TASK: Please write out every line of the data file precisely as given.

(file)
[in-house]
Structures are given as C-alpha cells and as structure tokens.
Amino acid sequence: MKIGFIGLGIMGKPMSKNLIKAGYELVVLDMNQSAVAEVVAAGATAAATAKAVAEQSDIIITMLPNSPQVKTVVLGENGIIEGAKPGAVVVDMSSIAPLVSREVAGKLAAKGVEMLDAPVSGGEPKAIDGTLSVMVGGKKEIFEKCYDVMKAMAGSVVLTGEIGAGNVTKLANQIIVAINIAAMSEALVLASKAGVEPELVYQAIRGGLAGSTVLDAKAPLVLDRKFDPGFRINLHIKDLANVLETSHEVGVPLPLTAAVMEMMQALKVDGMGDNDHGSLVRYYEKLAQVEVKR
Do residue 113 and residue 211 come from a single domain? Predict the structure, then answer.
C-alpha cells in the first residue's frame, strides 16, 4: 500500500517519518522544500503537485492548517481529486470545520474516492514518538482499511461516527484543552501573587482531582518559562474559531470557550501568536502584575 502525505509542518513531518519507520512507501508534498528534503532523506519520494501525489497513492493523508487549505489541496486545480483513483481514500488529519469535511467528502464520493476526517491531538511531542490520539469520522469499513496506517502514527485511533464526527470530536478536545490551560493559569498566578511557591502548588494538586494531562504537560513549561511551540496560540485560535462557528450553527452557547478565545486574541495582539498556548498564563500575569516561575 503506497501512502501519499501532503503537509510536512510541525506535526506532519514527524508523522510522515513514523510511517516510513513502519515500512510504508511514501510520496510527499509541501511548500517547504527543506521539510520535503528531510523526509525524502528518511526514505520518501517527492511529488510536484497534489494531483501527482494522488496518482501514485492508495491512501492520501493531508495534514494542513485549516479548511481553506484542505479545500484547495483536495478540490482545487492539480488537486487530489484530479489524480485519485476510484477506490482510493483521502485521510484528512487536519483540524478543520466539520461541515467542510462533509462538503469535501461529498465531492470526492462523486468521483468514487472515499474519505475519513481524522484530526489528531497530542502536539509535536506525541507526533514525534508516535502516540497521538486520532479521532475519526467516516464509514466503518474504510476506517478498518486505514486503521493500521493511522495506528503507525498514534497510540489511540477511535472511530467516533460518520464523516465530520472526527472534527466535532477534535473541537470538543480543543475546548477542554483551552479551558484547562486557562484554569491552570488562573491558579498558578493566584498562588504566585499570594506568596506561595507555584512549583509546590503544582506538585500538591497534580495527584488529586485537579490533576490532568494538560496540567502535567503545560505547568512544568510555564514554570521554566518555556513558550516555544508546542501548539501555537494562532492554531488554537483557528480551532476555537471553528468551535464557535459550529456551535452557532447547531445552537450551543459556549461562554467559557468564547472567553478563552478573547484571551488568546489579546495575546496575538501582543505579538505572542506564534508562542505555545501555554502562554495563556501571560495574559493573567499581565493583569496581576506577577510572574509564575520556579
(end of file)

[in-house]
Structures are given as C-alpha cells and as structure tokens.
Amino acid sequence: MKIGFIGLGIMGKPMSKNLIKAGYELVVLDMNQSAVAEVVAAGATAAATAKAVAEQSDIIITMLPNSPQVKTVVLGENGIIEGAKPGAVVVDMSSIAPLVSREVAGKLAAKGVEMLDAPVSGGEPKAIDGTLSVMVGGKKEIFEKCYDVMKAMAGSVVLTGEIGAGNVTKLANQIIVAINIAAMSEALVLASKAGVEPELVYQAIRGGLAGSTVLDAKAPLVLDRKFDPGFRINLHIKDLANVLETSHEVGVPLPLTAAVMEMMQALKVDGMGDNDHGSLVRYYEKLAQVEVKR
Do residue 113 and residue 211 come from a single domain? Predict the structure, then answer.
C-alpha cells in the first residue's frame, strides 16, 4: 500500500517519518522544500503537485492548517481529486470545520474516492514518538482499511461516527484543552501573587482531582518559562474559531470557550501568536502584575 502525505509542518513531518519507520512507501508534498528534503532523506519520494501525489497513492493523508487549505489541496486545480483513483481514500488529519469535511467528502464520493476526517491531538511531542490520539469520522469499513496506517502514527485511533464526527470530536478536545490551560493559569498566578511557591502548588494538586494531562504537560513549561511551540496560540485560535462557528450553527452557547478565545486574541495582539498556548498564563500575569516561575 503506497501512502501519499501532503503537509510536512510541525506535526506532519514527524508523522510522515513514523510511517516510513513502519515500512510504508511514501510520496510527499509541501511548500517547504527543506521539510520535503528531510523526509525524502528518511526514505520518501517527492511529488510536484497534489494531483501527482494522488496518482501514485492508495491512501492520501493531508495534514494542513485549516479548511481553506484542505479545500484547495483536495478540490482545487492539480488537486487530489484530479489524480485519485476510484477506490482510493483521502485521510484528512487536519483540524478543520466539520461541515467542510462533509462538503469535501461529498465531492470526492462523486468521483468514487472515499474519505475519513481524522484530526489528531497530542502536539509535536506525541507526533514525534508516535502516540497521538486520532479521532475519526467516516464509514466503518474504510476506517478498518486505514486503521493500521493511522495506528503507525498514534497510540489511540477511535472511530467516533460518520464523516465530520472526527472534527466535532477534535473541537470538543480543543475546548477542554483551552479551558484547562486557562484554569491552570488562573491558579498558578493566584498562588504566585499570594506568596506561595507555584512549583509546590503544582506538585500538591497534580495527584488529586485537579490533576490532568494538560496540567502535567503545560505547568512544568510555564514554570521554566518555556513558550516555544508546542501548539501555537494562532492554531488554537483557528480551532476555537471553528468551535464557535459550529456551535452557532447547531445552537450551543459556549461562554467559557468564547472567553478563552478573547484571551488568546489579546495575546496575538501582543505579538505572542506564534508562542505555545501555554502562554495563556501571560495574559493573567499581565493583569496581576506577577510572574509564575520556579